Madauros: A Testament to the Vanished Glory of Rome in Algeria
The ruins of the ancient city of Madauros is one of Algeria’s most important archaeological sites and yet it is virtually unknown because of its remote location, which has helped to preserve the city. The Madauros ruins are situated in hilly country and some thirty miles from the Tunisian border near the modern Algerian town of M’daourouch, in Souk Aras Province and is not a tourist site.
The Center of Madauros Is Still Dominated by A Byzantine Ruin
The Madauros ruins are approximately 267 acres in size and it is estimated that only seventeen acres have been fully excavated. The ruins of the Roman city were excavated by French archaeologists between the 1920s and 1940s and since then there has been very little digging at the site. Madauros has many remarkably preserved ruins and when wandering among the ancient stones you can almost feel like you are going back in time to the Roman era.
The original cobbled stone road leading to the ruined town and the city gates can still be made out. The layout of the city was typically Roman, and Madauros has many of the characteristics of other cites from antiquity. The Roman mausoleum at the entrance to the site still has some statues although these are now mostly broken.
Ruins of Madauros (Expert Algeria)
The city’s theater is arguably the most impressive of the remains and the stone seating where Romans and others once sat while they were being entertained by performers is still there. Found at the site are some fine examples of Roman thermae or baths, which were so much a part of urban living in antiquity. It is possible to wander into the thermae whose walls and even stone seats are well-preserved. Then there is a Roman basilica in the heart of the site, which was one of the most important public spaces in the city where the urban elite met and most of the city’s commerce was conducted.
During the Christian period, the basilica was used as a place of worship and its three sections of columns are still intact. In the seventh century, the Byzantines constructed a fortress in the heart of the city using stones and masonry from buildings built in the Roman era and the center of Madauros is still dominated by this Byzantine ruin.
Madauros Ruins (Public Domain)
From the perspective of scholars, the ruined city is important because of the many Latin inscriptions that were found. There are some standing gravestones with epitaphs as well as some inscriptions of Latin poetry in the bath houses, all of which a French scholar has collected and published in a volume.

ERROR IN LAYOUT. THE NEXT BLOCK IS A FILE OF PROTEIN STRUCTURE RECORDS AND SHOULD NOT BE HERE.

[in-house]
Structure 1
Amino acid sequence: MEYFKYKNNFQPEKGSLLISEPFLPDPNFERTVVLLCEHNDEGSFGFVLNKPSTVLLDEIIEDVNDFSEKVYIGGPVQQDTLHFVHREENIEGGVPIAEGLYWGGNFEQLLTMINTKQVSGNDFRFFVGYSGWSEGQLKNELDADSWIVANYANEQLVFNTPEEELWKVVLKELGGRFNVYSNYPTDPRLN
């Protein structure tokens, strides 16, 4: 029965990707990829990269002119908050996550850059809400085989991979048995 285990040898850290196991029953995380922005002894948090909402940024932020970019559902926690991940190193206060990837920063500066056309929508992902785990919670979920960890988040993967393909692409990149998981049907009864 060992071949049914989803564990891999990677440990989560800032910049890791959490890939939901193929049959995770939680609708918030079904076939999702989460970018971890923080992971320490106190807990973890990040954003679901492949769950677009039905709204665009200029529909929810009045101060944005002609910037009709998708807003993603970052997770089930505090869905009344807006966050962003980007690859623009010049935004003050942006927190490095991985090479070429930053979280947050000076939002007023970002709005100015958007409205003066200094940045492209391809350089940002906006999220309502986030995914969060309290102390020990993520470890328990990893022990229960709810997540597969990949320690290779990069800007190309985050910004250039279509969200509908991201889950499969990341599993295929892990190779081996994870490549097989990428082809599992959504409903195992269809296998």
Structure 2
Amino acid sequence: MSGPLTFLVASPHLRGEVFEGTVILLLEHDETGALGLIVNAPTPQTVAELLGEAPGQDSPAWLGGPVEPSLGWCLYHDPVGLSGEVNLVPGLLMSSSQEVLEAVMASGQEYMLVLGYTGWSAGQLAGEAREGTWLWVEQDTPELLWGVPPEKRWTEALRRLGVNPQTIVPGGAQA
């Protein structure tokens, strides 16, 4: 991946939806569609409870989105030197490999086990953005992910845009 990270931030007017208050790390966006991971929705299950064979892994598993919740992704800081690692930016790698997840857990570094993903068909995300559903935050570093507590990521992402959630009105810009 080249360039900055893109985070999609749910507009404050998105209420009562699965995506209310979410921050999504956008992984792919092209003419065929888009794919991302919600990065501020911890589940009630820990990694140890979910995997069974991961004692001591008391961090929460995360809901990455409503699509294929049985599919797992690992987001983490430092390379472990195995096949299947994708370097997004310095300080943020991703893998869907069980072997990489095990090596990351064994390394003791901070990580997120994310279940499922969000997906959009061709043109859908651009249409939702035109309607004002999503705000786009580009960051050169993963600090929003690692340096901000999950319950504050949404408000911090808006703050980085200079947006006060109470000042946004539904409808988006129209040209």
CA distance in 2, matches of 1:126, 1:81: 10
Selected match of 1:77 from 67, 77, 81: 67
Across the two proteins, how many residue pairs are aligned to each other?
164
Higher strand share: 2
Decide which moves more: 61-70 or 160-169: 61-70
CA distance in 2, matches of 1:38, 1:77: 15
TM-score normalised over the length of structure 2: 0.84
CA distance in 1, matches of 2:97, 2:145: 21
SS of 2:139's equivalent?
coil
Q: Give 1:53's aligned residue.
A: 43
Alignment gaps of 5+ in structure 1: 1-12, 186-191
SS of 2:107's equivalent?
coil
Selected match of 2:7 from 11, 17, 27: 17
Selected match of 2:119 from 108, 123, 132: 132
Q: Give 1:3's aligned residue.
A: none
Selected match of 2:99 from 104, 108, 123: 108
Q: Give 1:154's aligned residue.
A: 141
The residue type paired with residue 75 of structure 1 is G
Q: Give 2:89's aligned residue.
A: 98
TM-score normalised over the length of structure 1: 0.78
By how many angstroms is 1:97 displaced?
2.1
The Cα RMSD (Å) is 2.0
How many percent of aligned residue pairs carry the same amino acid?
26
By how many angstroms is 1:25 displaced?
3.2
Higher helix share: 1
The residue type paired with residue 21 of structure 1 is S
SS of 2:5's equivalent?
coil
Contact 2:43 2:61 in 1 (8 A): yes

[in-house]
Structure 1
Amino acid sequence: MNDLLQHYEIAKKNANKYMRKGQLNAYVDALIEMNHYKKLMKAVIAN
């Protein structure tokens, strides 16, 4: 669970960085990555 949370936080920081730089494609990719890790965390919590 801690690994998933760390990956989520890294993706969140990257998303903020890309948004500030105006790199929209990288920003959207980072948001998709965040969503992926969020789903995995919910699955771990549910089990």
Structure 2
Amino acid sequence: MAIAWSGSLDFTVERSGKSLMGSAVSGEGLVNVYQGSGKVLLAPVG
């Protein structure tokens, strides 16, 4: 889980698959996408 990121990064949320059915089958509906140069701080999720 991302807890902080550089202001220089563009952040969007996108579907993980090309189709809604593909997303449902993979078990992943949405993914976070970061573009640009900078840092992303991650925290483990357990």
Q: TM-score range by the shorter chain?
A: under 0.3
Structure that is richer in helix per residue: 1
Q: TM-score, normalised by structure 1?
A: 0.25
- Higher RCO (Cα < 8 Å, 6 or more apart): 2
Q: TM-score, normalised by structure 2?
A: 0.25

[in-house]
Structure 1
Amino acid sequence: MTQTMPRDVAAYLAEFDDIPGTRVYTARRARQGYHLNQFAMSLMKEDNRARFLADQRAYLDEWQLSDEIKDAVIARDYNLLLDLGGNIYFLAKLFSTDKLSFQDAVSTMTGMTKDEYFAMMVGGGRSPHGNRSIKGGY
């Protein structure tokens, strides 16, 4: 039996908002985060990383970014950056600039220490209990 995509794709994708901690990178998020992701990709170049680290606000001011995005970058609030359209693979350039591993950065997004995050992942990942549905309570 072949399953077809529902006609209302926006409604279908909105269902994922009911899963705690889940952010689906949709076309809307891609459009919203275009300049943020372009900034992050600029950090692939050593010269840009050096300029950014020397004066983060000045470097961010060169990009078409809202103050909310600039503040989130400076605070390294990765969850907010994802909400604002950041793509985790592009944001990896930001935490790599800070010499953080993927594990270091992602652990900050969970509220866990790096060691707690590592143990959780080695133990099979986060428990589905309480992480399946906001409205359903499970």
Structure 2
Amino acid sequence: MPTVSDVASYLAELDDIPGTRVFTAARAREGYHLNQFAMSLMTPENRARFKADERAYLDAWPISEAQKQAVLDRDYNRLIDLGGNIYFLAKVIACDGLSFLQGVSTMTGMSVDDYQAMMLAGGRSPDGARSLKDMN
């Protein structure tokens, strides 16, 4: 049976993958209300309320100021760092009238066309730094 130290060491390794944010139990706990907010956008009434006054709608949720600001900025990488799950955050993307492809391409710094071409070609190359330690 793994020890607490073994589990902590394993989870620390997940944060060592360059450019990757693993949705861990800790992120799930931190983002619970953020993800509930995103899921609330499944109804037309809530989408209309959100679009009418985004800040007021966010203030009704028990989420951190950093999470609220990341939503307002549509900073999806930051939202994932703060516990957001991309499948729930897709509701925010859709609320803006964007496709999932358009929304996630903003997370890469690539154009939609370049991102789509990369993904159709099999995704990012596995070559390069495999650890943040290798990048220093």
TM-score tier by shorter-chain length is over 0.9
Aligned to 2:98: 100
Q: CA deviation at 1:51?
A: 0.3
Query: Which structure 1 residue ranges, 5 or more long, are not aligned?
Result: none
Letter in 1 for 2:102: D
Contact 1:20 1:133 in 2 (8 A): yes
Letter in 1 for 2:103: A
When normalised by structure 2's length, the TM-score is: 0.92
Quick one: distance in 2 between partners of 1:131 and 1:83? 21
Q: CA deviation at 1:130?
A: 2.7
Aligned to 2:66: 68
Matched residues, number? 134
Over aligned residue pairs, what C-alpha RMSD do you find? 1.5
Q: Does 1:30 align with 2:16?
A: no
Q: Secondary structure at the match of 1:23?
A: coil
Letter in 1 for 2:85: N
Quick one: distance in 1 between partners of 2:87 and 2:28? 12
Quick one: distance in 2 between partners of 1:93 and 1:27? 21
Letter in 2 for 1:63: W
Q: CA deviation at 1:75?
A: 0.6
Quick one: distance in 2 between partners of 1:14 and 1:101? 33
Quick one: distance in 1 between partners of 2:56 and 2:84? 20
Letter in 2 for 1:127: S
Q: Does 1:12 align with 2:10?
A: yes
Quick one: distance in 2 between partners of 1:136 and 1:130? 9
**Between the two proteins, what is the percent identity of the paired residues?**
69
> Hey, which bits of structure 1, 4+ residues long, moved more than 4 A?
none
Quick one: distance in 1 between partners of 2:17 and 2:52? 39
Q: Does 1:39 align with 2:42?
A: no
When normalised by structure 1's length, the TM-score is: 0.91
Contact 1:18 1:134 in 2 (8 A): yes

The Legendary Romano-Berber Warrior Queen, Kahina
It appears that there was a settlement on the site since at least 300 BC. However, the Roman city of Madauros was found in the first century by the Emperor Neva. It was originally a colony and its earliest inhabitants were veterans of the Roman Legions. It was officially known as Colonia Flavia Augusta Veteranorum Madaurensium.
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The city prospered in the first centuries of Roman rule and was one of the most important urban centers in the province of Numidia. It appears that it was populated mainly by local Berbers who became Romanized. By the fourth century, Madauros was a Latin speaking Christian city. It appears that after the fall of the Western Roman Empire the city went into decline and it became part of the Vandal Kingdom of North Africa. Later it was conquered by the Byzantines in the sixth century, who fortified Madauros.
Kahina the Warrior Queen (Public Domain)
The city was at some point abandoned before or during the Arab invasions in the seventh century. However, there is speculation that a legendary Romano-Berber Warrior Queen, Kahina who fought the Muslims, ordered the city to be destroyed and abandoned. She was famed for her beauty and many believed that she was a prophetess. Though outnumbered for many years before her defeat and death, she resisted the Arabs heroically.
The Most Famous Son of Madauros
The city was something of a cultural center and it has been claimed that St Augustine, one of the most important Christian theologians, studied in Madauros. It was an episcopal see and became an important Christian center - the city’s bishops played a very important role in the development of the Christian Church in North Africa.
The most famous son of Madauros is Apuleius, who was born and received his early education there. He wrote the celebrated Roman novel, The Golden Ass, which is still studied and read today.
Cupid And Psyche: A Mythological Tale, From The Golden Ass Of Apuleius (Public Domain)
Those who wish to visit the site may have to rent a car or hire a taxi as any other way in is very difficult.
Top image: Madauros Source: Expert Algeria
By Ed Whelan